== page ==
• 3
    Vagrant provisioner
  • 2
    Debugging is simple
  • 2
    Well-documented
  • 2
    Fast as hell
  • 2
    Masterless
  • 2
    Merge hash to get final configuration similar to hiera
  • 1
    Certified Content
  • 1
    Work on windows, but difficult to manage
  • 5
    Auto-remediation
  • 5
    Integrations
  • 4
    Automation
  • 4
    Complex workflows
  • 3
    Open source
  • 2
    ChatOps
  • 2
    Python
  • 1
    Extensibility
  • 1
    Beautiful UI
  • 1
    Slack

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Cons of Ansible
Cons of StackStorm
  • 5
    Dangerous
  • 5
    Hard to install
  • 3
    Bloated
  • 3
    Backward compatibility
  • 2
    Doesn't Run on Windows
  • 2
    No immutable infrastructure
  • 2
    Complexity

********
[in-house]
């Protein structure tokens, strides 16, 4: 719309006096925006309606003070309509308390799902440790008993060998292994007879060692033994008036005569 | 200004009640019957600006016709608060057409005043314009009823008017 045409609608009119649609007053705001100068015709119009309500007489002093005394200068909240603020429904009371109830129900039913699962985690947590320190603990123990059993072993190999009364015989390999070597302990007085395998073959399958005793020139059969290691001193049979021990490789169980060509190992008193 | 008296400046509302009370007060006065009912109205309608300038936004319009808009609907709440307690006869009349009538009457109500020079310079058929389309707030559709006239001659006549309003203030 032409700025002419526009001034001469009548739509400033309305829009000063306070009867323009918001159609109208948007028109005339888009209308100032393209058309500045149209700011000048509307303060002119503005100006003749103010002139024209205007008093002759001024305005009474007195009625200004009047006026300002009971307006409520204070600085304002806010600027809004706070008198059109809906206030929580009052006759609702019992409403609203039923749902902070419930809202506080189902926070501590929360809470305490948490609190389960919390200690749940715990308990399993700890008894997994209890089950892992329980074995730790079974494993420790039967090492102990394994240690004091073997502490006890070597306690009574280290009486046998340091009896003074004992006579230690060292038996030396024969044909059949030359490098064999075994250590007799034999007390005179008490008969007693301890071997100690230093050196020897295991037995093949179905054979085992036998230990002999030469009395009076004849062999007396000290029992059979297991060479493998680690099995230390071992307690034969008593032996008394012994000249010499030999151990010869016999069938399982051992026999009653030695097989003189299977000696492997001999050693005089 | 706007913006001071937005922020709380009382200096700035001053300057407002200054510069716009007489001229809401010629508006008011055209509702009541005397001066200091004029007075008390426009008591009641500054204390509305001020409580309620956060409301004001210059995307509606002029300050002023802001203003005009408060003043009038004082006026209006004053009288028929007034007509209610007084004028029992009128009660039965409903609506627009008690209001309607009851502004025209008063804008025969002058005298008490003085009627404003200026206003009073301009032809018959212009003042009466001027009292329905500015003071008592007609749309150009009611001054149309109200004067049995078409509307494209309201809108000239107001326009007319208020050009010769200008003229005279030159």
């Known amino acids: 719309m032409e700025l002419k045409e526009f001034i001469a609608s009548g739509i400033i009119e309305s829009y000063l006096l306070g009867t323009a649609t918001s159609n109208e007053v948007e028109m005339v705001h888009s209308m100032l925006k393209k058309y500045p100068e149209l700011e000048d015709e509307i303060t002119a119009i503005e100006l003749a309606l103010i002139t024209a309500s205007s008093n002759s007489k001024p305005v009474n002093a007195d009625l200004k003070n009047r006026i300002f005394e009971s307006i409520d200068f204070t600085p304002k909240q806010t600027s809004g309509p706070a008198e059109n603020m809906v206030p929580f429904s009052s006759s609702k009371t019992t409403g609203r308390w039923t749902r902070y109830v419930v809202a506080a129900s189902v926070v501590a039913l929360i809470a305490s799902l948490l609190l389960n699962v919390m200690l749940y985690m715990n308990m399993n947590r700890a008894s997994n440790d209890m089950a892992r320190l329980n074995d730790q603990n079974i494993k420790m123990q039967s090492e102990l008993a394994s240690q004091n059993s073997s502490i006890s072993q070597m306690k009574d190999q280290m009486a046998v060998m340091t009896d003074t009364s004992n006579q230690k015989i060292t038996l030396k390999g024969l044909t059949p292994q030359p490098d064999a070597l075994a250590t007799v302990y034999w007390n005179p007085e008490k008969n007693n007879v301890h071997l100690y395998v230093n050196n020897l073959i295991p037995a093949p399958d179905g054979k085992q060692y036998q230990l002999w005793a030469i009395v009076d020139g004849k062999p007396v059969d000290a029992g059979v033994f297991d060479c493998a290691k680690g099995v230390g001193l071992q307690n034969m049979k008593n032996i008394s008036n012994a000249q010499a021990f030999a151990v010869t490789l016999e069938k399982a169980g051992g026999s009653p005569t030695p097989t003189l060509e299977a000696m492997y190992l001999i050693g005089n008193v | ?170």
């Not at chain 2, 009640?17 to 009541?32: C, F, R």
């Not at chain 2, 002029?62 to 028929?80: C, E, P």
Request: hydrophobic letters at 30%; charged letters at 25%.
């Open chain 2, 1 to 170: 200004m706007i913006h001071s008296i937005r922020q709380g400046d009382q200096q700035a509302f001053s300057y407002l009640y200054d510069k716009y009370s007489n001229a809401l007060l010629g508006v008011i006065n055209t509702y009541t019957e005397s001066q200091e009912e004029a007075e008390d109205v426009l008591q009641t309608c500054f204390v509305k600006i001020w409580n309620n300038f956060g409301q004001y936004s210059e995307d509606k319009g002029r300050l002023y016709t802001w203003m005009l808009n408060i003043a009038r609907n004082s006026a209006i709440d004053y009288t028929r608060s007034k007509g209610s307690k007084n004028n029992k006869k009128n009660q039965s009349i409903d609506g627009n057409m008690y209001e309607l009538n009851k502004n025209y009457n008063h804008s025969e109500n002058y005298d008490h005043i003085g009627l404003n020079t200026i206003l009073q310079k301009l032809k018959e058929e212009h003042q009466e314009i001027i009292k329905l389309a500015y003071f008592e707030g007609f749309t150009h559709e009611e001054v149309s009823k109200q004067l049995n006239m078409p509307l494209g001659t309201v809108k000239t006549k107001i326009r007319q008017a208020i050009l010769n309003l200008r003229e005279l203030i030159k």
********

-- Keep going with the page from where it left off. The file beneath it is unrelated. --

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What is Ansible?

Ansible is an IT automation tool. It can configure systems, deploy software, and orchestrate more advanced IT tasks such as continuous deployments or zero downtime rolling updates. Ansible’s goals are foremost those of simplicity and maximum ease of use.

What is StackStorm?

StackStorm is a platform for integration and automation across services and tools. It ties together your existing infrastructure and application environment so you can more easily automate that environment -- with a particular focus on taking actions in response to events.

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What companies use Ansible?
What companies use StackStorm?
See which teams inside your own company are using Ansible or StackStorm.
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What tools integrate with Ansible?